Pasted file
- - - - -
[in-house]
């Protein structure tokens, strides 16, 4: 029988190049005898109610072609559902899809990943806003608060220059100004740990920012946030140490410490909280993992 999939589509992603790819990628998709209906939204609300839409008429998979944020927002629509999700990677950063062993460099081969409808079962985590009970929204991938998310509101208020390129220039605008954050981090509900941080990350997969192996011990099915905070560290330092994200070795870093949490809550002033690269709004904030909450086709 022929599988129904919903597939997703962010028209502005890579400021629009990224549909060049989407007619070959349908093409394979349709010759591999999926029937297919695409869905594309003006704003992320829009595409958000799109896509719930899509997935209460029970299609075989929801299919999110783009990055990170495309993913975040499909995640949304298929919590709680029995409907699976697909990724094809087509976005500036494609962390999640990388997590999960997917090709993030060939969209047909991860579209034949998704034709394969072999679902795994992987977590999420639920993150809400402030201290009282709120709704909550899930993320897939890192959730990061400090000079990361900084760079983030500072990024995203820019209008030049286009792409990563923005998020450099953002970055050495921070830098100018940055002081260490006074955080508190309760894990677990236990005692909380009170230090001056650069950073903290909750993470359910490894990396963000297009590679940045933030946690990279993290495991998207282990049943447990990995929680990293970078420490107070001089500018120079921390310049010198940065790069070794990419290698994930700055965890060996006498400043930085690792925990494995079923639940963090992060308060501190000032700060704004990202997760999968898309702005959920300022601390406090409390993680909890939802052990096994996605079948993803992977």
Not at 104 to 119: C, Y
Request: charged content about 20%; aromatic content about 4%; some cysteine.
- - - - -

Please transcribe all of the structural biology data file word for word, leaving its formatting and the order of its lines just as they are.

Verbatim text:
[in-house]
């Protein structure tokens, strides 16, 4: 029988190049005898109610072609559902899809990943806003608060220059100004740990920012946030140490410490909280993992 999939589509992603790819990628998709209906939204609300839409008429998979944020927002629509999700990677950063062993460099081969409808079962985590009970929204991938998310509101208020390129220039605008954050981090509900941080990350997969192996011990099915905070560290330092994200070795870093949490809550002033690269709004904030909450086709 022929599988129904919903597939997703962010028209502005890579400021629009990224549909060049989407007619070959349908093409394979349709010759591999999926029937297919695409869905594309003006704003992320829009595409958000799109896509719930899509997935209460029970299609075989929801299919999110783009990055990170495309993913975040499909995640949304298929919590709680029995409907699976697909990724094809087509976005500036494609962390999640990388997590999960997917090709993030060939969209047909991860579209034949998704034709394969072999679902795994992987977590999420639920993150809400402030201290009282709120709704909550899930993320897939890192959730990061400090000079990361900084760079983030500072990024995203820019209008030049286009792409990563923005998020450099953002970055050495921070830098100018940055002081260490006074955080508190309760894990677990236990005692909380009170230090001056650069950073903290909750993470359910490894990396963000297009590679940045933030946690990279993290495991998207282990049943447990990995929680990293970078420490107070001089500018120079921390310049010198940065790069070794990419290698994930700055965890060996006498400043930085690792925990494995079923639940963090992060308060501190000032700060704004990202997760999968898309702005959920300022601390406090409390993680909890939802052990096994996605079948993803992977």
Not at 104 to 119: C, Y
Request: charged content about 20%; aromatic content about 4%; some cysteine.